According to T1.413 only sub-channels 1 to 31 can be used for upstream speed.
The upstream and downstream speeds are separated, either by EC (Echo Cancelling) which allows the lower sub-channels (from 1 to 31) to be used for the downstream and upstream, or by FDM (Frequency Division Multiplexing) which is the most used because of its simplicity and low cost, which separates the upstream/downstream sub-channels via a passive filter.
Distribution of DMT channels on POTS with EC
Sub-channels 1 to 6 are used for telephone, sub-channels 7 to 31 for upstream, sub-channel 32 is reserved, sub-channels 33 to 256 are used for downstream.
Note that sub-channels 16 and 64 are used to transport a pilot signal and channels 250 to 256 are only useable over low bandwidth connection lines. Above 1 MHz, disturbances are too great to allow a stable flow.
In this case, DMT uses the echo cancelling technique on these sub-channels which results in dual flow on sub-channels 7 to 31. If DMT had applied FDM, only the higher sub-channels (33 to 256) would be used for the downstream.
Distribution of DMT channels on ISDN with FDM
As we have seen previously, IDSN uses the lower bandwidth up to 80 KHz (for IDSN with 2B1Q - 2 Binary 1 Quaternary; encoding of 2 binary elements in one moment of quaternary modulation). To enable simultaneous use of ISDN and ADSL on the same telephone line, sub-channels 1 to 28 are free.
The lower channels are used for the upstream speed because the user hardware has a weaker transmission strength than the hardware installed at the exchange so by transmitting in lower frequencies, the signal will undergo less attenuation.
The higher channels are used for downstream speed because the hardware located at the exchange are strongly disrupted by transmission devices with higher frequencies so it appears to be more effective to transmit on higher channels in order to benefit from a better signal/noise ratio.
DSLAM (Digital Subscriber Line Access Multiplexer) is a piece of hardware generally installed in the telephone exchange providing multiplexing for ATM flows to the transport network.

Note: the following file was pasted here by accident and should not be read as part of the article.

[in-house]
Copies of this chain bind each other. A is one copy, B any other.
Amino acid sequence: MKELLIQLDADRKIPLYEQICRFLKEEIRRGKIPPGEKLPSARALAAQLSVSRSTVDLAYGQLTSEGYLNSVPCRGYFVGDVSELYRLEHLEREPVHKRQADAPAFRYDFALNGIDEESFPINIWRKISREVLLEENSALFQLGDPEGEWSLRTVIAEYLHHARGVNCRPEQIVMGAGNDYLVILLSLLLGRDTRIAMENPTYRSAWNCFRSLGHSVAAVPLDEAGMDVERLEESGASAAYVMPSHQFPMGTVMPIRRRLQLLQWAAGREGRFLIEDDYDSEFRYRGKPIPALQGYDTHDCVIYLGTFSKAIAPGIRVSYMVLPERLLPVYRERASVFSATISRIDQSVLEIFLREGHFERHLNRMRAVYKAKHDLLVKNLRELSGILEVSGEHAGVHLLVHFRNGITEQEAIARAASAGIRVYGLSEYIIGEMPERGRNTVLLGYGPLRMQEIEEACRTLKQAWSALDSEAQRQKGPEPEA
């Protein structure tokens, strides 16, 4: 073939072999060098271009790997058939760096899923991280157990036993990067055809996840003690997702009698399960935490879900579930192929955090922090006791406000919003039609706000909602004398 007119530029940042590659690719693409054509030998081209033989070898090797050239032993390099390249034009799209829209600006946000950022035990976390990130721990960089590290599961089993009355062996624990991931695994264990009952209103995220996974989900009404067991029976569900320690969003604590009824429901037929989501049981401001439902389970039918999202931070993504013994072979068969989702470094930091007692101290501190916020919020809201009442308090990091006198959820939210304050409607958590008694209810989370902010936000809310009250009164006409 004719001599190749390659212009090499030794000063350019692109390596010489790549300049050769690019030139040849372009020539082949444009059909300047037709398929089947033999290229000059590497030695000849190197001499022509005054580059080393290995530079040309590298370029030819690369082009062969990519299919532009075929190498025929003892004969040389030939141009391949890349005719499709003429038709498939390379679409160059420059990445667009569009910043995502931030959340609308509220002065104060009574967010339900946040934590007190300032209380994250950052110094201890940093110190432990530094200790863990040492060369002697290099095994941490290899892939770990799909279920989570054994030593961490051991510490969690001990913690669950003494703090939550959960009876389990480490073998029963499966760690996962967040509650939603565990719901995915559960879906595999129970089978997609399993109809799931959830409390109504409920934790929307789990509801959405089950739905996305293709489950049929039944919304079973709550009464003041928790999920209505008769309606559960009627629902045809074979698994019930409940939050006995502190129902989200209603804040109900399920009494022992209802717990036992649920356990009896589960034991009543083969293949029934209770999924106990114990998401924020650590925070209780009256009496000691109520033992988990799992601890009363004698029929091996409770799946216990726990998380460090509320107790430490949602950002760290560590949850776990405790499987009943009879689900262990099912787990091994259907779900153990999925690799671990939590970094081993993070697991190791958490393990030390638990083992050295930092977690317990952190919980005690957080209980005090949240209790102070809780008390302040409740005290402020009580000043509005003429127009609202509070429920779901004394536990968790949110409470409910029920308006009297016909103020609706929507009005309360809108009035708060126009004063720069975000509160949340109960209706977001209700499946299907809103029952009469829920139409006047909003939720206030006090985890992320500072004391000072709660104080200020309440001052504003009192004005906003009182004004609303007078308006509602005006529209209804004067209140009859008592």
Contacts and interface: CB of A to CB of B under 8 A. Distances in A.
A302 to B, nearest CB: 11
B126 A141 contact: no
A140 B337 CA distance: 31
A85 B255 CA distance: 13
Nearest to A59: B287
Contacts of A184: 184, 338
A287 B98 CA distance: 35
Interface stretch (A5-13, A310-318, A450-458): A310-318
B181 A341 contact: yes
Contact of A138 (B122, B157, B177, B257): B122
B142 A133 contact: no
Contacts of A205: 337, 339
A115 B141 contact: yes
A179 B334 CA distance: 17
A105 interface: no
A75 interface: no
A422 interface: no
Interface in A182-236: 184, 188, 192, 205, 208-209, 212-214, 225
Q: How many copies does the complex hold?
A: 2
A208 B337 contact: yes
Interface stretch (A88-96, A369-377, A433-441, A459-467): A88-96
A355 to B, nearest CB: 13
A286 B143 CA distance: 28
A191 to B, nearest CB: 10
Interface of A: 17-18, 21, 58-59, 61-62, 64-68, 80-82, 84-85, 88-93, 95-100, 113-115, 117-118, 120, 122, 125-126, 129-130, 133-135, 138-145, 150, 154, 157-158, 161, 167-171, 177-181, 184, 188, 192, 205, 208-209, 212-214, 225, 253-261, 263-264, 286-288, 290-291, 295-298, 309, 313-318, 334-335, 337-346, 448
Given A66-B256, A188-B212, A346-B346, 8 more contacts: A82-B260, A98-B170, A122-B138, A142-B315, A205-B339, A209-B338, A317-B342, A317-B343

This element does not only host the ADSL cards but can also host different DSL services such as SDSL or HDSL by inserting the corresponding multiplexing cards. Each card supports several ADSL modems.
The elements grouped together in the DSLAM are called ATU-C (ADSL Transceiver Unit, Central office end).
In fact, all services available on the network (Internet, LAN-MAN-WAN, Teleshopping, Video MPEG) arrive by broadband to a DSLAM station to then be redistributed to the users.
In the previous chapter we saw how data is sent to the user. But now the user must decode the data, this is the job of the modem which is called ATU-R (ADSL Transceiver Unit, Remote terminal end).
To date, there are three types of modem depending on the user's requirements:
With 10/100 baseT interface, for PCs equipped with an Ethernet card
ATMD 25 for PCs equipped with an ATM card or for redistributing ADSL over an ATM network
With USB interface for PCs equipped with USB interface
The splitter is installed in the telephone exchange, downstream from the DSLAM and audio switch.
Then, if the user has an ISDN connection, he must install a splitter at home upstream of his modem and his ISDN NT.
If the user has a traditional analogue connection, he does not need to install a splitter at home, but a microfilter in front of each telephone.
The splitter's role: The splitter is a switching filter which separates bandwidth reserved for the telephone service from bandwidth used for ADSL transmissions. It provides sufficient separation to avoid the signals transmitted on one frequency band disturbing the operation of the other. Note that the installation of a splitter is compulsory to have ADSL with an ISDN connection.
Using standard digital broadcast by the terrestrial hertzian network DVB-T (Digital Video Broadcasting), it becomes possible to receive digital TV in MPEG format over a decoder connected to a TV station.